The Fifth Circuit Court of Appeals recently held that two elementary school principals in Texas are immune from liability for allegedly preventing students from distributing religious gifts on school grounds. In Morgan v. Swanson, – the so-called “Candy Cane case” – a group of students and their parents alleged that the school principals violated the students’ First Amendment rights by prohibiting the students from distributing religious gifts on school grounds, including the distribution of candy cane-shaped pens attached with a Christian-based story about the history of the candy cane at a school-sponsored winter party. The court held that the principals were entitled to qualified immunity because the law surrounding students’ religious free speech rights is not clearly established. The qualified immunity doctrine protects government officials, including school officials, from liability for civil damages when their actions could reasonably have been believed to be legal. The court found that “no adequate guidance” exists for school administrators to assist them in trying to balance a student’s free speech rights with a district’s constitutional mandate to avoid endorsing religion. Because current law fails to provide any real, specific guidance to school officials on how to balance these competing constitutional issues, the court declined to hold the principals liable for prohibiting the students’ speech and therefore dismissed the case.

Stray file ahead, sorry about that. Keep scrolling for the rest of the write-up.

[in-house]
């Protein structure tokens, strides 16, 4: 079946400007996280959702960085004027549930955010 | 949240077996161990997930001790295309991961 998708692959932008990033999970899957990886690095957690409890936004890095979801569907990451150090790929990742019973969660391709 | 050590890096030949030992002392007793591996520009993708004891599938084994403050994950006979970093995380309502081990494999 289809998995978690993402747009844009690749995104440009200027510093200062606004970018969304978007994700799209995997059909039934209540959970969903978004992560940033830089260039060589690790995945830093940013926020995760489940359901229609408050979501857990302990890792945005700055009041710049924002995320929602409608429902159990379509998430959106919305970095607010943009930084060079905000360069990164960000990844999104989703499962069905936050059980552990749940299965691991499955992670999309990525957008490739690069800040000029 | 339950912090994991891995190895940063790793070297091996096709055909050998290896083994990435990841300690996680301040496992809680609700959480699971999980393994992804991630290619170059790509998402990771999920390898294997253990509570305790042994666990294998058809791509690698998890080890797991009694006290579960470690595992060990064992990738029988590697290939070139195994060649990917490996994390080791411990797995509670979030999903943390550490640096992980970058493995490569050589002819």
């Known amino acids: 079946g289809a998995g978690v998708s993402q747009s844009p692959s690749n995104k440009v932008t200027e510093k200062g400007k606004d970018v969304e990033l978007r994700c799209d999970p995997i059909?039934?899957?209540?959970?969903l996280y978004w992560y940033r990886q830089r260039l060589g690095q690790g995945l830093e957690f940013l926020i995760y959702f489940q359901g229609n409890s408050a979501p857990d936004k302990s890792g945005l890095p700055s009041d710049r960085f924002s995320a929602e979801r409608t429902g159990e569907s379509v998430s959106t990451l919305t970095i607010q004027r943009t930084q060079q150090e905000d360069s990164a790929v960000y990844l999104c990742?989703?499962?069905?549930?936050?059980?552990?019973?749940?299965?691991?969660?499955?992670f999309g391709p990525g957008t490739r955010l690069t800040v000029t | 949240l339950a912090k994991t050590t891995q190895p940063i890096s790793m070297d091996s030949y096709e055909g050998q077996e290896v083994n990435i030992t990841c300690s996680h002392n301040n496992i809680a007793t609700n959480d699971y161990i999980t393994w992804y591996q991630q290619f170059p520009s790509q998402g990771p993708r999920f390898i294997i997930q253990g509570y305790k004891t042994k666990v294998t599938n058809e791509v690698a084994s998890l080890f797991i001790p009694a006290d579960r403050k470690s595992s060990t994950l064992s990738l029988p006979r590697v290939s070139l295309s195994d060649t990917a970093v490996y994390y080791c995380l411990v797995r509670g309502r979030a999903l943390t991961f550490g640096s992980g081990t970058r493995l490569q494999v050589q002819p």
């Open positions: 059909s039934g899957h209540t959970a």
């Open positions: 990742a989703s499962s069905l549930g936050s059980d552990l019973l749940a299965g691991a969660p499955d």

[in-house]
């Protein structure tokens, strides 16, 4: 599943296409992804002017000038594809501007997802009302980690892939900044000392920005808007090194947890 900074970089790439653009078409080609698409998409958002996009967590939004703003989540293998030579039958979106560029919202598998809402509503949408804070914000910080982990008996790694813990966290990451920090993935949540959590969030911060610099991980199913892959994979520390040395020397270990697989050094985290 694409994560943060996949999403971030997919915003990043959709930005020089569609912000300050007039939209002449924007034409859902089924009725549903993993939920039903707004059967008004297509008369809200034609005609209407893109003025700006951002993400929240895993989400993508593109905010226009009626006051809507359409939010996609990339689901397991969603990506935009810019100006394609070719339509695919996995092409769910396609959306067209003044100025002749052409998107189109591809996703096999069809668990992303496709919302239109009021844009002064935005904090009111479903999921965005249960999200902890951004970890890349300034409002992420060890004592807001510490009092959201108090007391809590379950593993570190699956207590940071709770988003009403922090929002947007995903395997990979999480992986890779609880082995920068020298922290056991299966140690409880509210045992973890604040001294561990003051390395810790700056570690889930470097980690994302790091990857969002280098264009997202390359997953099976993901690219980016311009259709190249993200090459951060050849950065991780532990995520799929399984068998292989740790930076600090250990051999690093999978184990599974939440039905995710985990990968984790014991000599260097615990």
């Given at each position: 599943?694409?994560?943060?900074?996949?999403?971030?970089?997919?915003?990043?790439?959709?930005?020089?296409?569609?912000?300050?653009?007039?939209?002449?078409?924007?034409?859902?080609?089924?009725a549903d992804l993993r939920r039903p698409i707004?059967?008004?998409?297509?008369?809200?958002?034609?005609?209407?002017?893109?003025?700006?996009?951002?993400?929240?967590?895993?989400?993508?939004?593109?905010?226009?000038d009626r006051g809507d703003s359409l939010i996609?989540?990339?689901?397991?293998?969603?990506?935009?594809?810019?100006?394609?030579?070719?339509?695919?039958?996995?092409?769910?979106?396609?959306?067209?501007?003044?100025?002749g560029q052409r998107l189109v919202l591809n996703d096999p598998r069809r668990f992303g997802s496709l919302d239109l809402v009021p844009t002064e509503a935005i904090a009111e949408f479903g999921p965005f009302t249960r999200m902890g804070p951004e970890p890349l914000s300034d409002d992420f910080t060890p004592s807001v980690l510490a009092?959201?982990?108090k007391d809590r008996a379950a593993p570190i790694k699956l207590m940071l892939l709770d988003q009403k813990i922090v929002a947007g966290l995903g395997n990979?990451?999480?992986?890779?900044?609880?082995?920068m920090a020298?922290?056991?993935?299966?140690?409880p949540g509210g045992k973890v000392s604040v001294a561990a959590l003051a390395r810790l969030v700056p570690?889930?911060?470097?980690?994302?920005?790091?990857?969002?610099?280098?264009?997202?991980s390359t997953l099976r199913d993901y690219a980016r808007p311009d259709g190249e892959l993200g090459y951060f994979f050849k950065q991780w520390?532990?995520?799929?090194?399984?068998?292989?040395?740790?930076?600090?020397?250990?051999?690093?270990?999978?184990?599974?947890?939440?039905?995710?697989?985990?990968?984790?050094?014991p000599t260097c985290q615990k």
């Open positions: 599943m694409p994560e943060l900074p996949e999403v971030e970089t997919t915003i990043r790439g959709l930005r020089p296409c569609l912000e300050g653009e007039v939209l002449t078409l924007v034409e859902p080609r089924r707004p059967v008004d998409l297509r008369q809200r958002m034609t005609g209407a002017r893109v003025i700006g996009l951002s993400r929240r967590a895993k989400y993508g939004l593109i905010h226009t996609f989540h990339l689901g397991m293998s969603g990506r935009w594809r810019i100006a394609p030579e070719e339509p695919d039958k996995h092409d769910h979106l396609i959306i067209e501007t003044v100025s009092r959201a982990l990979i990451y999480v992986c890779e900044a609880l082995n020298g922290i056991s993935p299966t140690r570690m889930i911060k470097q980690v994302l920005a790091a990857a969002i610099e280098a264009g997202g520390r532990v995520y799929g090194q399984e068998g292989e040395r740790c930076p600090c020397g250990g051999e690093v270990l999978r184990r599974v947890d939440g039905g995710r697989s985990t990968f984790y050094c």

While a majority of the court held that both principals were not liable for their actions, it nevertheless found that one of the principal’s alleged acts was unconstitutional. The court found that prohibiting one of the students from distributing “Jesus Loves Me” pencils on school grounds after school hours solely because of the pencils’ religious message violated the student’s First Amendment rights, particularly because the distribution occurred outside of a “school sponsored activity.” A separate majority further concluded that the ban on the distribution of all of the religious gifts was unconstitutional because it discriminated against the students’ speech solely on the basis of religious viewpoint. In a concurring opinion, the separate majority found that First Amendment principles apply to elementary school students and that viewpoint discrimination against private, student-to-student, non-disruptive speech is forbidden by the First Amendment unless such speech can be attributed to the school. Because this majority concluded that none of the students’ distribution of the religious gifts could reasonably be viewed as being endorsed by the school, the students’ actions constituted private, non-disruptive student-to-student speech against which the school officials could not discriminate.
Although the court’s opinion is not binding on school districts in Illinois, it provides further guidance to school officials both in and outside of the Fifth Circuit’s jurisdiction regarding permissible restrictions on students’ religious speech.